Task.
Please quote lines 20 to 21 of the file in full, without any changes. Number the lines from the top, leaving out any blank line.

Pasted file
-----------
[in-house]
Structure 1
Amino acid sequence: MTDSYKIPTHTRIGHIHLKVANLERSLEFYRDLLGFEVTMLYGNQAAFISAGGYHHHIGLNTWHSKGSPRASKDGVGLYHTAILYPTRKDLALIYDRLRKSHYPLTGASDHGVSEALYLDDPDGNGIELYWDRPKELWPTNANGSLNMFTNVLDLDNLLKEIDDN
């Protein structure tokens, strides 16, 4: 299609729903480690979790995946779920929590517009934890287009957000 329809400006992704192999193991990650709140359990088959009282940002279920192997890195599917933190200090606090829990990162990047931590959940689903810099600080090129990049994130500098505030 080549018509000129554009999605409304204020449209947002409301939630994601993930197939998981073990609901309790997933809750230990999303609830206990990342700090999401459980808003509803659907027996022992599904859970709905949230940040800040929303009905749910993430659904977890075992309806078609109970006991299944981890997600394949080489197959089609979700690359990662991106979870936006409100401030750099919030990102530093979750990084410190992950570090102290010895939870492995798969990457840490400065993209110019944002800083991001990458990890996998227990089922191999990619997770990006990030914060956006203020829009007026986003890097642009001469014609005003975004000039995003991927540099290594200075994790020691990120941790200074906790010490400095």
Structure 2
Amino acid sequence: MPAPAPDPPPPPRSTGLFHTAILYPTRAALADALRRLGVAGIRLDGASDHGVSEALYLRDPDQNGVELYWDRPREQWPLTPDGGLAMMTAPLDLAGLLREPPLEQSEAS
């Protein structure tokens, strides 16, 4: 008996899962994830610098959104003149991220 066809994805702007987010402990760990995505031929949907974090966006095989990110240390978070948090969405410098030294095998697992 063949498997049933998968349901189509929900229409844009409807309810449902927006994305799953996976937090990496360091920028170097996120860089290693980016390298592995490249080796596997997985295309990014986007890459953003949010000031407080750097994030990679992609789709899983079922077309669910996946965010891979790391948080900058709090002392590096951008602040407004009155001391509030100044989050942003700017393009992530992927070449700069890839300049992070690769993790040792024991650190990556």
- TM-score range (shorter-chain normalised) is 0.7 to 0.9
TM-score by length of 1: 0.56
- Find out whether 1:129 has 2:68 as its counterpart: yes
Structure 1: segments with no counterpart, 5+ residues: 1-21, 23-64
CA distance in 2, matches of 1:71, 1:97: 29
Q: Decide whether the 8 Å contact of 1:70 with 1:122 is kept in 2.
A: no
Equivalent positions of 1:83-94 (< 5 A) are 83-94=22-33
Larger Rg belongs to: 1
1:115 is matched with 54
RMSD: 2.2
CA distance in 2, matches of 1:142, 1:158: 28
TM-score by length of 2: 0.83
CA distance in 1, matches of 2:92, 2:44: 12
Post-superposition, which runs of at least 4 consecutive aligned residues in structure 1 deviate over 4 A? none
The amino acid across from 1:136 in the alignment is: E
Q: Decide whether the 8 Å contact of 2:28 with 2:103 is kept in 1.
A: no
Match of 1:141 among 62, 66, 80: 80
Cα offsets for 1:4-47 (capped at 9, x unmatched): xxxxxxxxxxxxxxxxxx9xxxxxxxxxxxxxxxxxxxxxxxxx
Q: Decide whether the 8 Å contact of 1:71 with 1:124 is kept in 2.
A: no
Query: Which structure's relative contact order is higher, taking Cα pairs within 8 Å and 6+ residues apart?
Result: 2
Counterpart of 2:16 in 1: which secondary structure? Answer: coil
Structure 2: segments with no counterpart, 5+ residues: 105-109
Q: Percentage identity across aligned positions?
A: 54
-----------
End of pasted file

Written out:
TM-score by length of 2: 0.83
CA distance in 1, matches of 2:92, 2:44: 12